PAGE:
Presentation on theme: "Ernst.email@example.com; firstname.lastname@example.org Biofumigation in Combination with Conservation Tillage to Control Reniform Nematode in Cotton Ernst Cebert*"— Presentation transcript:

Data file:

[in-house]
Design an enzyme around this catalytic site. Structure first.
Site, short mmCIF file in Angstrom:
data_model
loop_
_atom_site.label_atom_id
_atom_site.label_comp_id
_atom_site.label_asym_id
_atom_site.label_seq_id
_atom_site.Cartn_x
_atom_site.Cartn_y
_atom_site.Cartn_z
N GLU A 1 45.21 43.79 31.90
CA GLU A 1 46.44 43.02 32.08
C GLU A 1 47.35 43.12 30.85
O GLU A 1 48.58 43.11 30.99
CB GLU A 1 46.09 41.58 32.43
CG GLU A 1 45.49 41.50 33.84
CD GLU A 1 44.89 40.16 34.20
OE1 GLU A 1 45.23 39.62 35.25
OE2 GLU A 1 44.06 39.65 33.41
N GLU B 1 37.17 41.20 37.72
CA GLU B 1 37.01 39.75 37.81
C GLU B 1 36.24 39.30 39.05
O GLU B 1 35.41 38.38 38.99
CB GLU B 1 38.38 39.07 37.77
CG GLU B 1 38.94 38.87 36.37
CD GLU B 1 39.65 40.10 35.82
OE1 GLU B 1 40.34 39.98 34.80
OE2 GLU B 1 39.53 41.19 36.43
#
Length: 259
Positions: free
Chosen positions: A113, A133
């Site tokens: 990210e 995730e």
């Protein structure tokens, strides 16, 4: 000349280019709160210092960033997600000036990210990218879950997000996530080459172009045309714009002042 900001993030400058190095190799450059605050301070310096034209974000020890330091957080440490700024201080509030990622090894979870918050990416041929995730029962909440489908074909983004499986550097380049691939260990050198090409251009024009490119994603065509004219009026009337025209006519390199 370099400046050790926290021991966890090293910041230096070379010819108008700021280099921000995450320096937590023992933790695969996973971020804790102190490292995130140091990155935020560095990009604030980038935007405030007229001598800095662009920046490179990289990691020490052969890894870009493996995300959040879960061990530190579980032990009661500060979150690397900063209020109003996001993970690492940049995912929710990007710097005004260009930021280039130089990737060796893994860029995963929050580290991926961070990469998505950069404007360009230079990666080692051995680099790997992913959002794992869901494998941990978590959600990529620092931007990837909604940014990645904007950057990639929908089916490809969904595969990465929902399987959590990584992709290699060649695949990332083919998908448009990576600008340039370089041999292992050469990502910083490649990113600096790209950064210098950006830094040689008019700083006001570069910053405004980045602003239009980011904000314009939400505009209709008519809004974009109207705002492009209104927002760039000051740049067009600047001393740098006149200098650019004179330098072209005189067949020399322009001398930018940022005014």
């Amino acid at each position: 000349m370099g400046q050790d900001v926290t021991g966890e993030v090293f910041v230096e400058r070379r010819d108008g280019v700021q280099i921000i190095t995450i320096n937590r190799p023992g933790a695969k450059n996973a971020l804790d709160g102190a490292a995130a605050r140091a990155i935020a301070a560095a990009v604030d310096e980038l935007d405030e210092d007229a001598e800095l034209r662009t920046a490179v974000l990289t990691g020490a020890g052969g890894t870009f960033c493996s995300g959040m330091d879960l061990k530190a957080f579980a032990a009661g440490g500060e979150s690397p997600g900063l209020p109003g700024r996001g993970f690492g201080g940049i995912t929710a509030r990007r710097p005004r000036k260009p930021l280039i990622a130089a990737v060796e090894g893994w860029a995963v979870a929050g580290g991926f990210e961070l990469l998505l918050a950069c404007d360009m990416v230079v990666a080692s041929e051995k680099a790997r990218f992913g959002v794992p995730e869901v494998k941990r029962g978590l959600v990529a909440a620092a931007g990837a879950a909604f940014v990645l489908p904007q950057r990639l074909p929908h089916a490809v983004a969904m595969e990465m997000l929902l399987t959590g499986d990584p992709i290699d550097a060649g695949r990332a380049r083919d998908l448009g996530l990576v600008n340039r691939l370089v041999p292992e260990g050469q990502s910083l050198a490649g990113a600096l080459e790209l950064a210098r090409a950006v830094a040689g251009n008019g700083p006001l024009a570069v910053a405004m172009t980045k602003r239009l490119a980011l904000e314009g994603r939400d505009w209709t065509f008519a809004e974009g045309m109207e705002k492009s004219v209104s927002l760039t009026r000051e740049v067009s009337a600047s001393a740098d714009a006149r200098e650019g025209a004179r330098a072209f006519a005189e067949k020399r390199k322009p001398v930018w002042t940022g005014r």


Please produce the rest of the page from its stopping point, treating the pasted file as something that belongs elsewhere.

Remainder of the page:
email@example.com; firstname.lastname@example.org Biofumigation in Combination with Conservation Tillage to Control Reniform Nematode in CottonErnst Cebert* and Rufina Ward, Alabama A&M University, Departmentof Plant and Soil Sciences, PO Box 1208 Normal, AL 35762AbstractReniform nematode (Rotylenchus reniformis), infecting most cotton growing areas in the southeast including Alabama, can reduce cotton yield by up to 75%. This study was conducted to evaluate cover crops as biofumigants in controlling reniform nematodes in cotton under conservation tillage system. Two mustard cultivars [Pacific Gold (Brassica juncea L.) and Ida-Gold (Sinapis alba L.)] and winter rye (Secale cereale, cultivar Maton) were used as cover crops in this study. Cotton plant stand and rate of growth were compared among plots without (control plots) and with cover crops. Our preliminary data showed that all cover crops used in the test significantly reduced reniform nematode populations (range <500 to 2,000/150cc soil) from the initial nematode level of >3000/150cc of soil sampled in early spring. Moreover, both mustard cultivars produced significant biomass before the first frost in The following spring, however, Pacific-gold and winter rye grew vigorously and produced large biomass but Ida-Gold minimally recovered from winter frost. Additionally, plots planted to Ida-Gold yielded lower nematode counts and sustained better cotton stand compared to those planted to Pacific Gold and winter rye. Based on these results, Ida Gold is a promising cover crop for controlling reniform nematodes in cotton.aFig. 4. Pacific-gold (March 2004)Fig. 3. Ida-gold (March 2004)Fig. 1. Ida-gold (November 2003)Fig. 2. Pacific-gold (November 2003)bt Tests (LSD) for Nematode CountbbComparisons significant at the 0.05 level are indicated by ***.Treatment ComparisonDifference Between Means95% Confidence LimitsInitial - Fallow1215.5-106.32537.3Initial - Rye1222.0-99.82543.8Initial - Pacific1300.5-21.32622.3Initial - Idagold1534.5212.72856.3***Fallow - Initial106.3Fallow - Rye6.51085.8Fallow – Pacific85.0-994.31164.3Fallow - Idagold319.0-760.31398.3Rye - Initial99.8Rye - Fallow-6.51072.8Rye - Pacific78.51157.8Rye - Idagold312.5-766.81391.8Pacific_ - Initial21.3Pacific_ - Fallow-85.0994.3Pacific_ - Rye-78.51000.8Pacific_ - Idagold234.0-845.31313.3Idagold - Initial-212.7Idagold - Fallow-319.0760.3Idagold - Rye-312.5766.8Idagold - Pacific-234.0845.3NSBridgeforth Farm, Athens, AL. September 2004.Photo 1. Reduced cotton stand in reniform nematode infested field is reflected by the actual number of nematodes found in soil samples (Table 1).No. of Nematodes per 100cc of soilNSAdult female embedded in cotton rootThere were no significant (NS) differences between treatments for nematode population and cotton stand. Principal component analysis (SAS, 2004) indicated replications and nematode population account for greater than 60% of the variation in the cotton crop (Figs. 8 & 9).ResultsThe two Brassica cover crops produced significant biomass before the first fall frost (Figs. 1& 2). Cultivar, Ida-gold, however, failed to regenerate in the spring of 2004 (Fig.3), while Pacific-gold (Fig. 4) and rye cultivar (Maton) proliferated with increased biomass production in the spring of Population of the cotton crop was estimated within each treatment plot by counting plants in a 3.7-m2 in each plot. Plant growth was measured by height of 10 randomly selected plants within the same area. Each treatment was replicated four times. Sixty days after planting, soil samples were collected from each treatment for nematode analysis. Results showed that reniform nematode population significantly decreased from >3000/150cc to <500 - <2000/150cc of soil. The good stand of Ida-gold in the fall, while producing negligible biomass the following spring, resulted in lower nematode population and better cotton stand (Fig. 7). Cotton following Ida-gold showed less adverse effects to the cotton crop (Figs. 5 & 6). Abundant biomass produced by Pacific-gold in both fall and spring, resulted in less growth and lower stand-count of subsequent cotton crop. Our results showed that both Ida-gold and Pacific-gold supported better growth and stand of cotton than did rye as cover crop.ObjectiveThe objective of this study was to evaluate various Brassica species as biofumigant in reducing populations of reniform nematodes.MethodologyThe Bridgeforth Farm located in Tanner, AL (Limestone County), was used in this test due to the high population of reniform nematodes detected from soil tests conducted in summer Section of the farm associated with poor cotton stand and decreasing yields was heavily infested with reniform nematodes at >3,000 nematodes/150 cc of soil. One acre was selected within the nematode-infested area to evaluate the effectiveness of rapeseed (Brassica) as a potential winter cover crop that can help reduce the nematode problem. In the fall of 2003, the cover crops [rapeseed Pacific-gold (Brassica juncea) and Ida-gold (Sinapis alba) (Brown et al. 1997) and rye (Maton)] were planted in the no-till field after cotton crop was harvested. Growth of cover crops was monitored through spring.ConclusionsIda-gold poor winter tolerance had less adverse effects on the cotton crop.Better cotton stand growth.Pacific-gold good winter resistance had increased adverse effects on the cotton crop; lower cotton population and growth.Rye good winter resistancelowest cotton plant densitylowest growth measurements(Figs & )Table 1. Nematode population and cover crop plots, (July 2004).1RyeHighPacific GoldVery HighControl*Ida-GoldControlMediumRye2,6901Cover Crop *Control =FallowPopulation levelVery High = >1000High =Medium =(reniform nematode count per 100cc soil)Analysis was done by Nematology Lab, Auburn University.Figures 8 and 9ReferencesBrown, P.D. and M.J. Morra Control of soil-borne plant pests using glucosinolate-containing plants. Adv. Agron. 61:Chitwood, D.J Phytochecal Based Strategies for Nematode Control. Ann. Rev. Phytopathtol. 40:Halbrent, J.M Allelopathy in the management of plant-parasitic nematode. J. Nematol. 28:8-14SAS PROC procedure.Ver SAS Institute Inc., Cary, NC, USA.SummaryEffective management strategies towards nematode control are needed. Biofumigation using plants in the Brassicaceae (mustard) family such as rapeseed is a promising tactic for nematode control; glucosinolates, naturally occurring in crucifers, have nematicidal properties. Studies involving soil incorporation of Brassica crop residues have reported as high as 81% control of nematode.(Chitwood, 2002; Halbrent, 1996).AcknowledgmentWe are grateful to Mr. Billy Bridgeforth for the use of his farm.This project was funded Cotton Inc. (grant number AL) .